The (Not So) Great Earmark Debate

(Ed: This is the first post in a 3-part series on earmarks.)

You have to wonder about the intelligence of a system that encourages this sort of behavior: Democrats slipped $5 billion for the IMF into the latest supplemental war-funding bill (via the Economist; emphasis mine).

It was always foolish to pretend that a vote against a war-funding bill, especially one that everyone knew was going to pass, was some kind of Doltschuss against GI Joe. Because war-funding bills are so impossible to oppose, they’re always larded with special projects and money that didn’t make it into some other bill. If this is what it takes to expose that, great. If it takes the defeat of this bill and the negotiation of a clean one, even better.

The astute observer will remember that Democrats were ostracized for trying to block a similarly bloated war bill in December of 2007. Cries of “but you aren’t supporting the troops!” convinced them otherwise. Bank on Democrats (successfully) trying the same tactic against Republicans this time around.

Of course, this is nothing new. We operate in a legislative system where earmarks are the norm. Some are for party projects, like the Dems’ inclusion of IMF funding, although most are pet projects designed to bring goodies to the constituents back home. Some, like John McCain, treat earmarks as the ultimate affront to sensibility. Others rightly point out that they’re a pretty insignificant portion of the budget at less than one percent. I don’t think those two viewpoints are mutually exclusive, but I’ll get to that in a moment.

First, to the shock tactics:

Conservative think tank The Heritage Foundation reported back in March that the most recent stimulus package contained over 9,000 earmarks. (Liberal watchdog Media Matters notes that 40 percent of those were of Republican origin, and this is important because both parties are complicit in the crime.)

Just this week, Republican Sen. Tom Coburn (Okla.) released a report detailing $5.5 billion in wasteful earmarks from that same bill (via The Wall Street Journal):

Among the top 10 are funds for repairing bridges in rural Wisconsin, including $840,000 for a small bridge that carries just 260 vehicles daily. It also lists $800,000 for the John Murtha Airport in Johnstown/Cambria County in Pennsylvania “despite the fact that virtually no one uses the airport.”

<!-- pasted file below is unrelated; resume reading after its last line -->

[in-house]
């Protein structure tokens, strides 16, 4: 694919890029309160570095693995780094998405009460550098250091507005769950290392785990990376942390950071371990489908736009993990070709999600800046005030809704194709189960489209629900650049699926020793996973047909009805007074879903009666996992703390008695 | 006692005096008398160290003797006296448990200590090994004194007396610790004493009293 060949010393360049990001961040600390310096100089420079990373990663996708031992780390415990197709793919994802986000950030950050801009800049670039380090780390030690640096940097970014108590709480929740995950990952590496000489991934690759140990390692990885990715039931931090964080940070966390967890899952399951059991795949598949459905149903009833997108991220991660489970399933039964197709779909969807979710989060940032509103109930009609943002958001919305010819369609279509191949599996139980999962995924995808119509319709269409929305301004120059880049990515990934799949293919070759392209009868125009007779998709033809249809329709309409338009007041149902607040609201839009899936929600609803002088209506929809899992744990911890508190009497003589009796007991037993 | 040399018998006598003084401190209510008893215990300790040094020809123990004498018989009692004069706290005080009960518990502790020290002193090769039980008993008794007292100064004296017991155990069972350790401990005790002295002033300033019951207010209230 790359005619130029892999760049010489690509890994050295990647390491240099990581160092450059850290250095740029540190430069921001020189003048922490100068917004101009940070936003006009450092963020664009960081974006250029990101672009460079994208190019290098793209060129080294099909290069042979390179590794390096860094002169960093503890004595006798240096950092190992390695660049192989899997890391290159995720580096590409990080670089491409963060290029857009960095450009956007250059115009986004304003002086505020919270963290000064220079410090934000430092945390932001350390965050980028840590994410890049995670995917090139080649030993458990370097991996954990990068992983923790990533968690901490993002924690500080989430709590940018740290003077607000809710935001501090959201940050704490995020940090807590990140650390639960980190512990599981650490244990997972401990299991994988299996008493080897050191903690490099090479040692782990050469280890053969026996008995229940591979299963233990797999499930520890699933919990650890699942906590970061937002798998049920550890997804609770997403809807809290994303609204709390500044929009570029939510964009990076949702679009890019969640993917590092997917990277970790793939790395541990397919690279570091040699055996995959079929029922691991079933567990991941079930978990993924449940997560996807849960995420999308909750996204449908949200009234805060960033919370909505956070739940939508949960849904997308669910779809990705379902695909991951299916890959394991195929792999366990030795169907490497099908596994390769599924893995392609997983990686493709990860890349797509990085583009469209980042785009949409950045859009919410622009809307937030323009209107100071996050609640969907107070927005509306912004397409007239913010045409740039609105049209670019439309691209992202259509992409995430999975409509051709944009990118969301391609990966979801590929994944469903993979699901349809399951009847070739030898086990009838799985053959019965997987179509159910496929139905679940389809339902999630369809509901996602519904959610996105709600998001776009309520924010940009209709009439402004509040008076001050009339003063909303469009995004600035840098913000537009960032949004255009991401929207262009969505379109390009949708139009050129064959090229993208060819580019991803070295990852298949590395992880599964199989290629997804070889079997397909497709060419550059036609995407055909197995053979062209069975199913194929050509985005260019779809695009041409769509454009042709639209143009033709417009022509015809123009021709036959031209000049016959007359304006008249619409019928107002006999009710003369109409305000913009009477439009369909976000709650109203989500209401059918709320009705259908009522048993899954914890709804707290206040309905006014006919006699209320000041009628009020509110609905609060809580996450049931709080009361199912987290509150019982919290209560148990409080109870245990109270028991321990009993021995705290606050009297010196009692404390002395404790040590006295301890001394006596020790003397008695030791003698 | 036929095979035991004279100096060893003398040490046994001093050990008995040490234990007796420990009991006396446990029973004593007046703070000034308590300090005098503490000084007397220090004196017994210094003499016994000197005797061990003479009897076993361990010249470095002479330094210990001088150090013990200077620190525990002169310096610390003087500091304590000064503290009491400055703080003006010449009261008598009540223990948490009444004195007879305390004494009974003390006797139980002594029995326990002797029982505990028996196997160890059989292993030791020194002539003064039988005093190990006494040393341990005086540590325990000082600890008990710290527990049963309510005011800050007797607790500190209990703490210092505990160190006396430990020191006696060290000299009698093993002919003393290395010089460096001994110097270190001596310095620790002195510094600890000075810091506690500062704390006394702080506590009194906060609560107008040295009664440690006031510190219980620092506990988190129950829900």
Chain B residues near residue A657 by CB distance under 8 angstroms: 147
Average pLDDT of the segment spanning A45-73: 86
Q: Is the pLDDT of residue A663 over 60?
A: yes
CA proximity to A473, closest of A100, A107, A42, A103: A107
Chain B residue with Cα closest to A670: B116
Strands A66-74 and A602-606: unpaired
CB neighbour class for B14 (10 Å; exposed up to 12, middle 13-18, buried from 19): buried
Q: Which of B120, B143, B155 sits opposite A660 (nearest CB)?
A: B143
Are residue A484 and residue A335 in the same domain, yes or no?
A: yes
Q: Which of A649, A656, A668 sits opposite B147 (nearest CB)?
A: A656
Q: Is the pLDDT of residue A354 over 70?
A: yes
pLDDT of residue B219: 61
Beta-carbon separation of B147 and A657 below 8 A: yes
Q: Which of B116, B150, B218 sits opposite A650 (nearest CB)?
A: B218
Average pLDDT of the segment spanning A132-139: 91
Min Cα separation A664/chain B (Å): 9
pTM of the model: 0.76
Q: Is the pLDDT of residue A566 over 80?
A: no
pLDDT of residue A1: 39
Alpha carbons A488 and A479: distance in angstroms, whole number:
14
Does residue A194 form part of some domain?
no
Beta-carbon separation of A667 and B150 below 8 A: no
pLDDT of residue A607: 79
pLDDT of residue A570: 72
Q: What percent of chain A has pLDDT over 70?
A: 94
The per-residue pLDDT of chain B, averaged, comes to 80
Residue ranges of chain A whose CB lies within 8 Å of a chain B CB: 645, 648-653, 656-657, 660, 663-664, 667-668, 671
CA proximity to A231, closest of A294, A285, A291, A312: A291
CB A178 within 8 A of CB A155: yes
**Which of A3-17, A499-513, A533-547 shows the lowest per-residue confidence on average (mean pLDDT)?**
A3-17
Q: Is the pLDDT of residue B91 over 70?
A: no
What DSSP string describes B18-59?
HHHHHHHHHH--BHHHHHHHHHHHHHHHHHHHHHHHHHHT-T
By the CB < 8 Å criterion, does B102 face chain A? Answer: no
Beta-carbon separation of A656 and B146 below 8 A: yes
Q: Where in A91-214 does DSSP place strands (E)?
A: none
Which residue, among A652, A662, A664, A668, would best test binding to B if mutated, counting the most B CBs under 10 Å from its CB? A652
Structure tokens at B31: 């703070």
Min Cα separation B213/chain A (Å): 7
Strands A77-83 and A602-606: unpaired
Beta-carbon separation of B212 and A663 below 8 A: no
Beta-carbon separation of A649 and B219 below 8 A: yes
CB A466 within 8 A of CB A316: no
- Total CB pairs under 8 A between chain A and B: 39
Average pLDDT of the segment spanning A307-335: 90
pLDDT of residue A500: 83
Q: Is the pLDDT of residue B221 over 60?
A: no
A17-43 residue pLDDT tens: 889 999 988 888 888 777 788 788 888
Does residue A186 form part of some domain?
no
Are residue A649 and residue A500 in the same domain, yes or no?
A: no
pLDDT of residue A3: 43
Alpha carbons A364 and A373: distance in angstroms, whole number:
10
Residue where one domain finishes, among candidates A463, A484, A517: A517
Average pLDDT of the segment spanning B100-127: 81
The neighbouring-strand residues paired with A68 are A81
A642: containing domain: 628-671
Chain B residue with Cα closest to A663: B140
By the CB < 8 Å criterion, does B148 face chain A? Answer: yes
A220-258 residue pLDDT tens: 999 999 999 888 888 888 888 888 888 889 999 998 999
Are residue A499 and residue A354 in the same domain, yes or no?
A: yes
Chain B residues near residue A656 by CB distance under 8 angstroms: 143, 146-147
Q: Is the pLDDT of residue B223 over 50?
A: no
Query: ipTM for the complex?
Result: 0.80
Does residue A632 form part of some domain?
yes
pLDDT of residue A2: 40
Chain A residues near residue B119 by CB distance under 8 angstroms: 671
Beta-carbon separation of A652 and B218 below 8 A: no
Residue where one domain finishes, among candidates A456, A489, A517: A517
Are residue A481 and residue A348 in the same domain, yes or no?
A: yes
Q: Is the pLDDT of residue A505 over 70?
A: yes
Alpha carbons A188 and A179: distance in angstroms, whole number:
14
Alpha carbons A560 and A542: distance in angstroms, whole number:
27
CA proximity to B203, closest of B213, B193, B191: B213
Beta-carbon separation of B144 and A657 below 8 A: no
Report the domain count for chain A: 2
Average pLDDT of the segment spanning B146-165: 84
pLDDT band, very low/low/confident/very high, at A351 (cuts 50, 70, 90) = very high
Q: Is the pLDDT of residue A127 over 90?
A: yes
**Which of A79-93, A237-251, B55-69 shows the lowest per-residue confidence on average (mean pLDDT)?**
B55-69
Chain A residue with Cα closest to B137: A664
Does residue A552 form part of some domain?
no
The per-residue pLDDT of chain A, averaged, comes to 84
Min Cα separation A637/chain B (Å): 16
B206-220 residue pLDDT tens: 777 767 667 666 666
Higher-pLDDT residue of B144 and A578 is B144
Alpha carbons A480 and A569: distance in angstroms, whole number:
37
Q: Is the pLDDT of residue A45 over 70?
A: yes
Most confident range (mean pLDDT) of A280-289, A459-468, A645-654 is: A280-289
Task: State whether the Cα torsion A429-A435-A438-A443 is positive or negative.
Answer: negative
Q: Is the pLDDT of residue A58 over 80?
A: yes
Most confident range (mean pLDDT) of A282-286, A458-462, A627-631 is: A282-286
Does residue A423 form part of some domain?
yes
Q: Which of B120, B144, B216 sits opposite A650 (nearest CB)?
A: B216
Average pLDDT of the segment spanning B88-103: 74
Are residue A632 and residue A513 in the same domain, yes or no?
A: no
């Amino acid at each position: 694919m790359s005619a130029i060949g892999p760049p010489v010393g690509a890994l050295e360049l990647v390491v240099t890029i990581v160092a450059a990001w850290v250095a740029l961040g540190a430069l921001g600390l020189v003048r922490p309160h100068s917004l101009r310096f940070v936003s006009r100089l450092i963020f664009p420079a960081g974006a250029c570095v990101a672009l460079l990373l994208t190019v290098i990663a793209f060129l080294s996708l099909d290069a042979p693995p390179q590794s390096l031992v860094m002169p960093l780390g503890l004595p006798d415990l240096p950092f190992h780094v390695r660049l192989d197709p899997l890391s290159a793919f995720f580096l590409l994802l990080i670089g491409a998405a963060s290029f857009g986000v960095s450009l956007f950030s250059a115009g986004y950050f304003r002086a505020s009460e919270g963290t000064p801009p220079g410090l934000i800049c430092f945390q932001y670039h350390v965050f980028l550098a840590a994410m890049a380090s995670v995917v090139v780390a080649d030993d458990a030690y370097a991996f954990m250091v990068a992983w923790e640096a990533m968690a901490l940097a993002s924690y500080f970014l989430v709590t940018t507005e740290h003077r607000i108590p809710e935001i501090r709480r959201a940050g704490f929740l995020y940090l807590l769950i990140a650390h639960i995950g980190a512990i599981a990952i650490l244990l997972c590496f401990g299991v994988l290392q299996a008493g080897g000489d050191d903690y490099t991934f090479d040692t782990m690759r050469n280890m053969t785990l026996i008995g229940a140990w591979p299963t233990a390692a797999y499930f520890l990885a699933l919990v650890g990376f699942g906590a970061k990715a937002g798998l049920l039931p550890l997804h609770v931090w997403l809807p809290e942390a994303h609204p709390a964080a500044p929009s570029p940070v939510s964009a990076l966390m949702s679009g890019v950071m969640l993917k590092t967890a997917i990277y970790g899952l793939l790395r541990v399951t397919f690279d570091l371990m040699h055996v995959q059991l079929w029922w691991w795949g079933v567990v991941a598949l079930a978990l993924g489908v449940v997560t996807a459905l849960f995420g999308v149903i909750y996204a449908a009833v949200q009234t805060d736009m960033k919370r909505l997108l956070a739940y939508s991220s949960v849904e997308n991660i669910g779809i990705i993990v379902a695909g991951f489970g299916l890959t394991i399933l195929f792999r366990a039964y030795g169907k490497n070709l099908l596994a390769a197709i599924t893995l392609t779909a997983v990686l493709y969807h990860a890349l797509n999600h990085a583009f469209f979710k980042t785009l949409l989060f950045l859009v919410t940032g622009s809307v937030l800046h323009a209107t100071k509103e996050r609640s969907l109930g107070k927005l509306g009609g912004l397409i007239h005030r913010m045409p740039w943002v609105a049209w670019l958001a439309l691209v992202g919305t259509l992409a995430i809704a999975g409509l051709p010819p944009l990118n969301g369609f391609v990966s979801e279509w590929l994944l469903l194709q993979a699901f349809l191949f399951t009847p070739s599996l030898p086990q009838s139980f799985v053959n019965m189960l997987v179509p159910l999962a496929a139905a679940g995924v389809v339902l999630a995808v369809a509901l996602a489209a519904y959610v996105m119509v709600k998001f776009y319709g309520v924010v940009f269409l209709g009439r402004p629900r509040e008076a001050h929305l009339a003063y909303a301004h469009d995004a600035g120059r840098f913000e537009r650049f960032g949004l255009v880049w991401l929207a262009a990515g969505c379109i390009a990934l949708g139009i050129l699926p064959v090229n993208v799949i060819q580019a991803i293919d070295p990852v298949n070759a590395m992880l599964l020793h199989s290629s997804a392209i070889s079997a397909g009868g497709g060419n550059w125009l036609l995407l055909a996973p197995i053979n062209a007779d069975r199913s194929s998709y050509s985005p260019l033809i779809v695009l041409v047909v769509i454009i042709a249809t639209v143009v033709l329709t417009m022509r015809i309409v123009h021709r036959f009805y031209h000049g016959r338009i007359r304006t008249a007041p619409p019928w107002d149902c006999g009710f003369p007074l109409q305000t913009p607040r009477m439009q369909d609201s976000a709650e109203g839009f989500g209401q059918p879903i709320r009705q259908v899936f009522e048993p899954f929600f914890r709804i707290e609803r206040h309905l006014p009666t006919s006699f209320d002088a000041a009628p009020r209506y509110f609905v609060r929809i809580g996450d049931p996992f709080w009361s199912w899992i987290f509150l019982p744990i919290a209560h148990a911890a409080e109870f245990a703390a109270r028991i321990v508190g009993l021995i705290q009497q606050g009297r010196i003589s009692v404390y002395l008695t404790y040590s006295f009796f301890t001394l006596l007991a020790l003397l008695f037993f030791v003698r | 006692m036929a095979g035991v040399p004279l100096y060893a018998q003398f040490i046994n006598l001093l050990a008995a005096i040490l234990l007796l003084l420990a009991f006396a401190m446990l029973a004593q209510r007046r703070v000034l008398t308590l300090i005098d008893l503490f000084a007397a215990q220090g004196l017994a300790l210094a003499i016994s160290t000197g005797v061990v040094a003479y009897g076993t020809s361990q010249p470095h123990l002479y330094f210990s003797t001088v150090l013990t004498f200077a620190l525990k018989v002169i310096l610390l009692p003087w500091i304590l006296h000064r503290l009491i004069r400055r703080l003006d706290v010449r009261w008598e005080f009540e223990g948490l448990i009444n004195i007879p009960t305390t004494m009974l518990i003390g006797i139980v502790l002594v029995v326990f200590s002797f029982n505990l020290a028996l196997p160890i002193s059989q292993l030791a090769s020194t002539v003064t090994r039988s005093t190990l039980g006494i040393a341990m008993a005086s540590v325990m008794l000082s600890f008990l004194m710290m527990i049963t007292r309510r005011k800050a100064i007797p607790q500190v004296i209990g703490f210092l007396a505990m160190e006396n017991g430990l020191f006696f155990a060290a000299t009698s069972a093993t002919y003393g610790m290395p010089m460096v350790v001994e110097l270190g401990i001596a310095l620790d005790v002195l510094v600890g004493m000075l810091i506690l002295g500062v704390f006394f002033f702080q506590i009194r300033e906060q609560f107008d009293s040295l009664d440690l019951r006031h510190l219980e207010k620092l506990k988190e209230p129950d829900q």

And Politico did some digging on questionable stimulus funding (valued at $1 billion) that commissions FutureGen to build a clean coal power plant, which Dems swore up and down would not be included in the bill as an earmark.

Debates about FutureGen and variable definitions of “earmark” notwithstanding, there are two things to take away from all this. Pork happens. And it doesn’t cost that much.

That being said, there is certainly cause for the John McCains of the world to wave their crusading red pens and cry “Foul!” each and every time pork makes its way through the legislature. Yeah, it doesn’t cost that much, but that doesn’t mean it’s an efficient use of money. Those who wish to brush it under the rug may be right as a practical matter — eliminating earmarks won’t do a damn thing to the deficit. But it ignores an important fact: those same $100,000, $1 million, $1 billion dollars spent more efficiently could mean the world to a community, city, or even state. I’ll have more on that, and the root causes of earmarks in future posts.


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About the Author

Brian Eason is a University of Missouri graduate with bachelor degrees in Journalism and Political Science. He has covered Congressional elections and local government for the Columbia Missourian and worked as a general assignment reporter for the State Journal-Register in Springfield, IL. Brian has also had articles published in Roll Call.

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